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Winter Journal

Volume 31, Issue 4

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Many of us in disaster recovery and business continuity have been faced with a dilemma. Is the distance between the home site and alternate site far enough away? Three miles? Twenty-five miles? Fifty miles? Typically, those generic guidelines we've all heard are old standards adapted from military specifications. If asked by your customer or manager, how will you say for certain that the generic standard distance will, indeed, be far enough in your specific case? You might err on the side of caution, and place your alternate site or off-site storage location hundreds of miles away. That strategy though increases the costs for transportation and the time required getting to it if needed. It also might eliminate viable, nearby, no-cost facilities, forcing you to lease or contract for far away facilities or services. This article will present a methodology that will allow a business continuity professional with a light to moderate level of experience to produce a map of hazards facing their site. A perimeter may then be created around the identified risks with reasonable assurance that sites outside the perimeter will not share risks with the evaluated site. Tools and sources of qualified information will be identified.

You should obtain several copies of current, good quality street maps for the area being evaluated.

Unannounced business disasters happen any time, anywhere and do not need to be the magnitude of a hurricane to cause serious problems. In fact, most disasters are caused by spontaneous mishaps in or around the work environment. Disasters can be something as simple as a lost file that was not saved or as large as a complete network failure. Consider some of these unassuming, yet potentially damaging situations:

- An employee is cleaning out the cabinets of a workstation and throws out installation backup disks.
- The only copy of the strategic business plan scheduled for presentation in the morning to venture capitalists is accidentally deleted.
- The building's fire sprinkler system shorts out -- water fills the inside of the CPU.
- A new employee in the Computer Operations department inadvertently erases critical files on servers containing web-based transactions, customer information, and the Call Center system files that control the automated telephone systems.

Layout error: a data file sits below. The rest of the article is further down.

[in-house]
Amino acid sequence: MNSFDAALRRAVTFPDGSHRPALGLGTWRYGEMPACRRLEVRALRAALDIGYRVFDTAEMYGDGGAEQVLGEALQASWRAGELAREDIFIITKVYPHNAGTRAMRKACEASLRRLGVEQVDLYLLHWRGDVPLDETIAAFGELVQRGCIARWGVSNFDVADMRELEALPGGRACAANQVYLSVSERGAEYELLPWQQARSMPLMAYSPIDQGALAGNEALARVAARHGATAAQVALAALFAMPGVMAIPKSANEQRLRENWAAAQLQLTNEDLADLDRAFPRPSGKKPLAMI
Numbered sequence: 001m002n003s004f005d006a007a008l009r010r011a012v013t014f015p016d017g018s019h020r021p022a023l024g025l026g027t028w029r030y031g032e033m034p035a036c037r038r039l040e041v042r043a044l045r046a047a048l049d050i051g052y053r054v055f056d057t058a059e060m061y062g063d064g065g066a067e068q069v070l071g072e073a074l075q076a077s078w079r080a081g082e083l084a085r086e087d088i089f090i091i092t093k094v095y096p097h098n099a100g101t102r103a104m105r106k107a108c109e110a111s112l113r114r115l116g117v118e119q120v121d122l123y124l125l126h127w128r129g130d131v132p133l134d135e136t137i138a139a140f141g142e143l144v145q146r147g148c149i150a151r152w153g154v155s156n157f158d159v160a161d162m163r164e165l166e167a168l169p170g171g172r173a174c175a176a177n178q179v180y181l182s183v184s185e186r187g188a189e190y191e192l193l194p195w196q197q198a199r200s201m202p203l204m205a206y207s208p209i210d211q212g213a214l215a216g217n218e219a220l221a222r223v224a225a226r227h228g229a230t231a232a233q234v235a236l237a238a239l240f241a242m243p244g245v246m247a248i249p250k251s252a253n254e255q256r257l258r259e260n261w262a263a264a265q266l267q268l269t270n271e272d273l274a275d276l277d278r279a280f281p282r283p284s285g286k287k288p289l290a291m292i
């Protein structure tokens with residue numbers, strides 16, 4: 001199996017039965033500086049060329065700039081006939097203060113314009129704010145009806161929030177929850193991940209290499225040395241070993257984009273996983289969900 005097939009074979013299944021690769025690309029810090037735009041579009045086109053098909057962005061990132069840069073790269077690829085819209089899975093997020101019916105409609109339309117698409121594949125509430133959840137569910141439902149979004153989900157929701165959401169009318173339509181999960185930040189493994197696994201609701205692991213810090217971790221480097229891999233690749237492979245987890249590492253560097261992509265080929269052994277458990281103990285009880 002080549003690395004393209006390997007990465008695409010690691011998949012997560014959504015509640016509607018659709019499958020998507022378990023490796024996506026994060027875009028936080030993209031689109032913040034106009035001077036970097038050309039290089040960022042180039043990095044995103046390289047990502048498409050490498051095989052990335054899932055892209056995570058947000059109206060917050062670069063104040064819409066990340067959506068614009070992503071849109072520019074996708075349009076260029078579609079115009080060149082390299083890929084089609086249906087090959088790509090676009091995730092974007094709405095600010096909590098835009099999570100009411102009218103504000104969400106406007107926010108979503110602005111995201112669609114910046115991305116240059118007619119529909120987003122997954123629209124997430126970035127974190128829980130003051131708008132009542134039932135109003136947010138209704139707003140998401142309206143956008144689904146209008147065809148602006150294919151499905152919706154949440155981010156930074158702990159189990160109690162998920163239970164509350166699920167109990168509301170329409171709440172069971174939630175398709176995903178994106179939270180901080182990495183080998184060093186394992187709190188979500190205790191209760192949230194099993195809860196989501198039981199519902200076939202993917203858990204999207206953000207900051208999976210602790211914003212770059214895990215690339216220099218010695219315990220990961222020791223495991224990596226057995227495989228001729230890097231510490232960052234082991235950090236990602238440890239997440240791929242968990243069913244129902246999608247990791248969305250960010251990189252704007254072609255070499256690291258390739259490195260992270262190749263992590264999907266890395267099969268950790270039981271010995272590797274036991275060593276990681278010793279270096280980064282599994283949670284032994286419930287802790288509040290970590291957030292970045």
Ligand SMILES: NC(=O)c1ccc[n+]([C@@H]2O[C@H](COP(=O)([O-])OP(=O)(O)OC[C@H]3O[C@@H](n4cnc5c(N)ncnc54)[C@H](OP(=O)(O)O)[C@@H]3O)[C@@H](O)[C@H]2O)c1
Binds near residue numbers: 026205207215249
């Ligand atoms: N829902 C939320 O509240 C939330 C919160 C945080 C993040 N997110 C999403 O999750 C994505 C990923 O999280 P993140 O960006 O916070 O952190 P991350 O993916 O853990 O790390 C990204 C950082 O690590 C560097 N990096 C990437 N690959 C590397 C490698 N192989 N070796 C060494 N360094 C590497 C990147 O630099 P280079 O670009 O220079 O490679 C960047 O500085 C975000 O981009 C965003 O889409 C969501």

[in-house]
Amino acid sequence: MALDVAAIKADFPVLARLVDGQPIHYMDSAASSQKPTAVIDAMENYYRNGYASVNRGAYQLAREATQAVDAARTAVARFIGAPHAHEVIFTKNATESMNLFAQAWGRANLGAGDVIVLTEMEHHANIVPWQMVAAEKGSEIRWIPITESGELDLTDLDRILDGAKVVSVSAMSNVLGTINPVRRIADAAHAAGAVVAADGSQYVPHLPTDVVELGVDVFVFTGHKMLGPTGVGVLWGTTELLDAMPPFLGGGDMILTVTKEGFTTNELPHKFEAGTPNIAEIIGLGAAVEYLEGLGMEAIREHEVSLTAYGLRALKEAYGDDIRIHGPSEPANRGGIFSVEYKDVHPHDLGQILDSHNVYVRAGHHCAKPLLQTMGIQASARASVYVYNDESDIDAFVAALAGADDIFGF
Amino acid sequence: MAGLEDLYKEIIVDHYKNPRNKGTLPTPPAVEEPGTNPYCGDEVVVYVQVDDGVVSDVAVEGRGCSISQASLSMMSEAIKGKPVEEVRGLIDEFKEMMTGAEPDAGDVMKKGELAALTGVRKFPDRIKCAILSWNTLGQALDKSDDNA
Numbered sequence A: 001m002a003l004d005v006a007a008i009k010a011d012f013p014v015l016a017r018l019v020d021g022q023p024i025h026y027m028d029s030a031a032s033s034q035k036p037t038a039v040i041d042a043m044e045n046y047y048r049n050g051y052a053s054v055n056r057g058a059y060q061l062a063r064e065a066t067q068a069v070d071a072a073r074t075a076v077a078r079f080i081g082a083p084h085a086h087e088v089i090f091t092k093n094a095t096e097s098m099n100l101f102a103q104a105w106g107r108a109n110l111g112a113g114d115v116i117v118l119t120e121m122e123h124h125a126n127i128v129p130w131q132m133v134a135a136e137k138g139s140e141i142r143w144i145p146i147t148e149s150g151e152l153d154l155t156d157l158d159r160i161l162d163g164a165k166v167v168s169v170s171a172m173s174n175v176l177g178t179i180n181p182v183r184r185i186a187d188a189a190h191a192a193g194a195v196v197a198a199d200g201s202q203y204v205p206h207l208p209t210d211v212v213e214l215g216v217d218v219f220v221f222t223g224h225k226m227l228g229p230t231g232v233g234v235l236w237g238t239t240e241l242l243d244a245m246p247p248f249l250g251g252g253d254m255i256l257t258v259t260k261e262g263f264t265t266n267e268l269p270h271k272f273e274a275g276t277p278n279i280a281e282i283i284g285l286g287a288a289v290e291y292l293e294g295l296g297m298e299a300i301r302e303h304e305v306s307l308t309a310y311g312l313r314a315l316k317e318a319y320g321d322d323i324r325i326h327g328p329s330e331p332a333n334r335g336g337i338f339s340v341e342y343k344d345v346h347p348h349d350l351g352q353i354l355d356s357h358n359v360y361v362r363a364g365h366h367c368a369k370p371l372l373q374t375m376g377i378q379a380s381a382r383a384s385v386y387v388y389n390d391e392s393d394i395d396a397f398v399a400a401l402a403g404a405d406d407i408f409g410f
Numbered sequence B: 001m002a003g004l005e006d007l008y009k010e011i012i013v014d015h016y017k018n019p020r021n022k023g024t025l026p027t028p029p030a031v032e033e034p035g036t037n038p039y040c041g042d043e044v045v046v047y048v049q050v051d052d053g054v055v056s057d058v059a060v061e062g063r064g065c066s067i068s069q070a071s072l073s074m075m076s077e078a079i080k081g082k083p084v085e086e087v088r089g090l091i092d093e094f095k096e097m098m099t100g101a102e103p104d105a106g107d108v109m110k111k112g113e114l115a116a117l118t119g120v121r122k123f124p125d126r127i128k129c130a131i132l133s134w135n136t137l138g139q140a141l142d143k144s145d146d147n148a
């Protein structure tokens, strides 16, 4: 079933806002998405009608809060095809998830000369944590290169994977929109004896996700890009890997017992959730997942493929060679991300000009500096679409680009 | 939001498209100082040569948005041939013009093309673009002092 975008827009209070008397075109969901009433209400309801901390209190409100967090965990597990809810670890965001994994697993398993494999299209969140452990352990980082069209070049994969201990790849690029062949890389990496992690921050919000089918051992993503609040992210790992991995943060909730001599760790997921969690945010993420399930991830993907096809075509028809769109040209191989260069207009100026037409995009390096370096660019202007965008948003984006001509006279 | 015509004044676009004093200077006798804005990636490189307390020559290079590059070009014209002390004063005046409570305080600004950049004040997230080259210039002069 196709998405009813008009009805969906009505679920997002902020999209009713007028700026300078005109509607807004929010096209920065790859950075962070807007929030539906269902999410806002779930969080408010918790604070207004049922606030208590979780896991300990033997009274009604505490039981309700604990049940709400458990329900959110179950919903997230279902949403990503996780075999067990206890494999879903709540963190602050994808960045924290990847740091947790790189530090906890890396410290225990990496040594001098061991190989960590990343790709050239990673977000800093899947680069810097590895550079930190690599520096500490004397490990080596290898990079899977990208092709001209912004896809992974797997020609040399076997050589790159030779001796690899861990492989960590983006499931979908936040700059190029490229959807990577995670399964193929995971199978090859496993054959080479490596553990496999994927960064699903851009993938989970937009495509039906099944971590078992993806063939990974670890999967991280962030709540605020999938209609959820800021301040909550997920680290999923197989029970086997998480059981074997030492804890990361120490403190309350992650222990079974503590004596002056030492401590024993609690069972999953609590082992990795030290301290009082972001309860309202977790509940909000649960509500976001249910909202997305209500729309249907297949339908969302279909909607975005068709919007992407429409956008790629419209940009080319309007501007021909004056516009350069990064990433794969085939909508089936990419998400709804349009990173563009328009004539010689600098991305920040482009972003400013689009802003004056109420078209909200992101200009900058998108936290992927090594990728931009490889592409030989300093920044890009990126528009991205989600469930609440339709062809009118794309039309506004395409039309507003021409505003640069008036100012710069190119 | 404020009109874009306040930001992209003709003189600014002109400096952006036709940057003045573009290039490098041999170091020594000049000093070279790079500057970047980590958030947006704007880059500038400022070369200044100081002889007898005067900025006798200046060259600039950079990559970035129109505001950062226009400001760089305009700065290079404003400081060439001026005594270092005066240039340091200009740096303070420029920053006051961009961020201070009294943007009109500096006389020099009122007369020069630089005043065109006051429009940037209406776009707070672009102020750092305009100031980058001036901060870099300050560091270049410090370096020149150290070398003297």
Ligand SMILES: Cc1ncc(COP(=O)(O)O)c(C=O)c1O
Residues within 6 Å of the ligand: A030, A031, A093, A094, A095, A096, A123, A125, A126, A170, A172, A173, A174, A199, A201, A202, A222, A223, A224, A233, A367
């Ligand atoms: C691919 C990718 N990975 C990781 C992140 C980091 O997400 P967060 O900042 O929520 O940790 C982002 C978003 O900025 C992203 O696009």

- A software developer discovers that hackers have compromised the company's new e-commerce on-line transaction processing web site.

An important aspect of business continuity planning is organizing and structuring the Plan. The most common approach is to develop and structure the Plan using various recovery teams. This article describes the roles and responsibilities related to several of the recovery teams.
Contingency Organization Structure

The structure of the organization during a disaster event may not have the same form as the existing organization chart. The contingency organization is often structured with multiple recovery teams with a relative flat structure. The goal of the contingency organization is to accomplish a rapid and smooth recovery process.

Recovery teams are operational groups responsible for restoring specific functions. The teams have specific responsibilities that allow for a quick and successful recovery process. Each team should have the authority to implement and accomplish the procedures contained in their section of the plan.

Within each team, a leader/manager and alternate should be designated. These persons provide the necessary leadership and direction to implement the plan and carry out the assigned duties and responsibilities at the time of a disaster.

During the evening of March 28, 2000, a severe weather outbreak across parts of north Texas produced eight tornadoes, including two strong tornadoes in and near Fort Worth (Tarrant County). The storms in Tarrant County seriously damaged six commercial buildings, destroyed 171 homes, and damaged over 1500 others. All tolled, damage estimates ranged between $400 and $450 million. Five people were killed, and dozens injured.

The National Weather Service (NWS) Forecast Office in Fort Worth has considerable experience in dealing with severe weather. Located in the southern Great Plains, the area serviced by the Fort Worth office experiences sometimes-violent thunderstorm events. Tarrant County, in which the cities of Fort Worth and Arlington are located, experienced major hailstorms in the springs of 1992, 1994, and 1995. However, the county had not suffered a tornado-related fatality since before 1950.

No one in Syracuse and Central New York will forget the powerful storm that swept through the region on the morning of Labor Day, 1998. In less than 20 minutes the storm left in its wake thousands of customers without electric service, hundreds of homes damaged and destroyed and a tragic loss of life for two workers at the New York State Fairgrounds.

Like many other essential service providers, Niagara Mohawk Power Corporation, the local utility, relied on the National Weather Service's NEXRAD system to track storms as they moved through the region.

NEXRAD provides an accurate but limited picture of approaching weather. The system depends on three Doppler radar units located in Binghamton, Buffalo and on the Tug Hill Plateau east of Lake Ontario. Syracuse is on the fringe of each of the Doppler ranges. Because radar beams travel in a straight line and the earth is curved, at distances of more than 150 miles the radar image is less meaningful especially when looking for 'street level' information. Additionally, NEXRAD data delivered to users must first be routed through a third-party data provider before it is delivered. This step takes from seven to 15 minutes. The data displayed, therefore, is not real-time data but a picture of events that have already taken place.